The Chinese Communist Party (CCP) is infamous for suppressing any public freedoms that threaten its political control, marked by mass surveillance and “re-education camps” in Xinjiang and Tibet. Preceded by such a poor record on freedom of expression, the CCP’s censorship has reached a new low in the face of the coronavirus outbreak. The government covered up the initial reports of the virus in Wuhan, exposing Chinese citizens — and then the world — to a calamity that could have been significantly diminished in magnitude.
When the rumors of a SARS-like virus in Wuhan started spreading on social media, the CCP downplayed the gravity of the outbreak and detained whistleblowers who warned about the disease. In late December, several Chinese genomics companies discovered similarities between the unknown disease and SARS, and around the same time, the late Dr. Li Wenliang sent a message to his colleagues warning them about its potential human-to-human transmission. But the warning signs of a deadly outbreak, however, were largely kept from the public. After reporting the results to the Hubei Provincial Health Commission, companies were ordered to stop testing any related cases and to destroy all existing samples. Moreover, Dr. Li was investigated by the police for “making false comments” and “spreading rumors”. Chinese central government officials only formally recognized cases of human-to-human transmission on January 20, seven weeks after the first case of the coronavirus was reported. Three days later, they ordered the lockdown of Wuhan, but that was after five million people had already left the city. A study by the University of Southampton estimates that intervention by China one, two, or three weeks earlier could have reduced coronavirus cases in China by 66, 86, and 95 percent respectively. It is evident that the delayed response by the Chinese officials accelerated the course of the pandemic.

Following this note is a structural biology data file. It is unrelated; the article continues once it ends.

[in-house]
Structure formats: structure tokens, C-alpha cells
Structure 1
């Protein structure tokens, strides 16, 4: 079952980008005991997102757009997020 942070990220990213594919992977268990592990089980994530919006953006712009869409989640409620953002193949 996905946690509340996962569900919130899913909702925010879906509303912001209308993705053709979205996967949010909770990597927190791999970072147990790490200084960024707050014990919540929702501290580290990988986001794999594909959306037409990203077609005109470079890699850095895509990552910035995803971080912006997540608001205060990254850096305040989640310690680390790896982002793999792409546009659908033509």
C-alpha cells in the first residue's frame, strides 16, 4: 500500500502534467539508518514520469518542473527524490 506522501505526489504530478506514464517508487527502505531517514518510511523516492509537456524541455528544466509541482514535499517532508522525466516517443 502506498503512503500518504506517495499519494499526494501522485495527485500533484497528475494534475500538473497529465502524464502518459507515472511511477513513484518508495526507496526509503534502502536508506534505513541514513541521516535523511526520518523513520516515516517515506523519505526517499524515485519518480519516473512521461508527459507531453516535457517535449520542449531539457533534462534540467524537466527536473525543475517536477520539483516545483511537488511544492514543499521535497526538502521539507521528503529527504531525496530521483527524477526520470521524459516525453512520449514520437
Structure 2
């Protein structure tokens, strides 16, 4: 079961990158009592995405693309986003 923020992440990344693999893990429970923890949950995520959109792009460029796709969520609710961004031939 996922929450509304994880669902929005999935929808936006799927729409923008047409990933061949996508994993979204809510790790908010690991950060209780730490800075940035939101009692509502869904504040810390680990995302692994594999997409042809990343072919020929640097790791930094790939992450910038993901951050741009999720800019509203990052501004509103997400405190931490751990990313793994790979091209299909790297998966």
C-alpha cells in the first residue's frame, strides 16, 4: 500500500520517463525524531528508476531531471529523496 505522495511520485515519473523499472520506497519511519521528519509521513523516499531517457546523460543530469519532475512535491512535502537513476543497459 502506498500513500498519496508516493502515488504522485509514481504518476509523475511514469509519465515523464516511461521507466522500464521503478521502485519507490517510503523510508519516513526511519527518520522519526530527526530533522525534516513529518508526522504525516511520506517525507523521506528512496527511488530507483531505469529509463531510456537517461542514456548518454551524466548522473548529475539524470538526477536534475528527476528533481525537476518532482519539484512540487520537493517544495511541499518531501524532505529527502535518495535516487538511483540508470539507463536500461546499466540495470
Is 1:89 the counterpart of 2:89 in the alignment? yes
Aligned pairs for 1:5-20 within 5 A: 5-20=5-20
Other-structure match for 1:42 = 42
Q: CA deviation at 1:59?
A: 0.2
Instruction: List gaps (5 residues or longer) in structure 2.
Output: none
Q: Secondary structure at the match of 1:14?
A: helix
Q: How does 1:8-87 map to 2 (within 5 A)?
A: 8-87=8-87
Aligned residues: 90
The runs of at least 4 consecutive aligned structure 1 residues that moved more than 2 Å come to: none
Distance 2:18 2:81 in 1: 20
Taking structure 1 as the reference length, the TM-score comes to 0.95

It has been shown during the pandemic that the CCP not only censors information but also controls the dissemination of information — or, what many would call, misinformation. While the rest of the world now struggles to fight against the coronavirus, China is struggling to repaint its initial lack of response. The CCP recently deployed 300 reporters to Wuhan to report uplifting stories about the government’s battle against the coronavirus. Numerous Chinese state-run media sources are actively generating propaganda, appealing to nationalism and praising Xi Jinping’s actions against the outbreak. For instance, Xinhua reported that “the People’s Liberation Army dared to fight hard, becoming an indispensable force in the heroic city’s anti-epidemic army.” The even more alarming reality, however, is that China’s propaganda machine is global. China’s use of many social media platforms banned in the country, is an example of the government’s attempt to shift the global narrative of its lack of response against COVID-19. On March 12, Chinese Foreign Spokesman Zhao Lijian republished a video of the US Congressional committee on Twitter, commenting, “It might be the US army who brought the epidemic to Wuhan. Be Transparent! Make public your data! US owe us an explanation!” Other Chinese state media such as CCTV and Global Times followed by reposting the video, fueling the conspiracy theory on the origins of the coronavirus. With rising controversy on the matter, China’s Ambassador to the US Cui Tiankai clarified his stance, calling the conspiracy theory “crazy”. In contrast to such controversy, Chinese state run media also feature more subtle propaganda, such as emotional YouTube videos of doctors reunifying with their families, as well as videos of foreign officials praising China’s response to the pandemic. Moving stories of ordinary people, though seemingly benign, is the crux of China’s propaganda generating “positive energy” to mitigate public discourse and promote national solidarity.